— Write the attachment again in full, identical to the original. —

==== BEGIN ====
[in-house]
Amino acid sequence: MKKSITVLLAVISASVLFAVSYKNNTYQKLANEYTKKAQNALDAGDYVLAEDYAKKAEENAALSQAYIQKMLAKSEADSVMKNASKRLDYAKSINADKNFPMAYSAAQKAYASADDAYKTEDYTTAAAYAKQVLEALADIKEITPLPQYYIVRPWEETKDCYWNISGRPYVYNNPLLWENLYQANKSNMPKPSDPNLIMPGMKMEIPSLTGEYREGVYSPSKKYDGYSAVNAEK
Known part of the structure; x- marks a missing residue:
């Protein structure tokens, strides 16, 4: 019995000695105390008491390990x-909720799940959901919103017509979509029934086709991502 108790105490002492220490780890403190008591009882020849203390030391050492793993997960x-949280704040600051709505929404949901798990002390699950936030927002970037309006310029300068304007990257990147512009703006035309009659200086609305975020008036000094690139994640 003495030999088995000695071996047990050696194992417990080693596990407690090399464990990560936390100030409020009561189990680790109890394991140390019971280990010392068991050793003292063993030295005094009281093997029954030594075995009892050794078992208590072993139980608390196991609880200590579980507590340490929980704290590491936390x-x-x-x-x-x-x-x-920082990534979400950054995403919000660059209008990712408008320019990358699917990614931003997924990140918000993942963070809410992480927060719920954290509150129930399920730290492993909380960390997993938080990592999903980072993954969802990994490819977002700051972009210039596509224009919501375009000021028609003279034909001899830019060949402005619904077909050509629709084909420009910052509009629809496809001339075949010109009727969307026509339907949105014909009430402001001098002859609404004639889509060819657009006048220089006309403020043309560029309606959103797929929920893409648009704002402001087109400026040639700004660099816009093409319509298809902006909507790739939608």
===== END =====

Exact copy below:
[in-house]
Amino acid sequence: MKKSITVLLAVISASVLFAVSYKNNTYQKLANEYTKKAQNALDAGDYVLAEDYAKKAEENAALSQAYIQKMLAKSEADSVMKNASKRLDYAKSINADKNFPMAYSAAQKAYASADDAYKTEDYTTAAAYAKQVLEALADIKEITPLPQYYIVRPWEETKDCYWNISGRPYVYNNPLLWENLYQANKSNMPKPSDPNLIMPGMKMEIPSLTGEYREGVYSPSKKYDGYSAVNAEK
Known part of the structure; x- marks a missing residue:
């Protein structure tokens, strides 16, 4: 019995000695105390008491390990x-909720799940959901919103017509979509029934086709991502 108790105490002492220490780890403190008591009882020849203390030391050492793993997960x-949280704040600051709505929404949901798990002390699950936030927002970037309006310029300068304007990257990147512009703006035309009659200086609305975020008036000094690139994640 003495030999088995000695071996047990050696194992417990080693596990407690090399464990990560936390100030409020009561189990680790109890394991140390019971280990010392068991050793003292063993030295005094009281093997029954030594075995009892050794078992208590072993139980608390196991609880200590579980507590340490929980704290590491936390x-x-x-x-x-x-x-x-920082990534979400950054995403919000660059209008990712408008320019990358699917990614931003997924990140918000993942963070809410992480927060719920954290509150129930399920730290492993909380960390997993938080990592999903980072993954969802990994490819977002700051972009210039596509224009919501375009000021028609003279034909001899830019060949402005619904077909050509629709084909420009910052509009629809496809001339075949010109009727969307026509339907949105014909009430402001001098002859609404004639889509060819657009006048220089006309403020043309560029309606959103797929929920893409648009704002402001087109400026040639700004660099816009093409319509298809902006909507790739939608």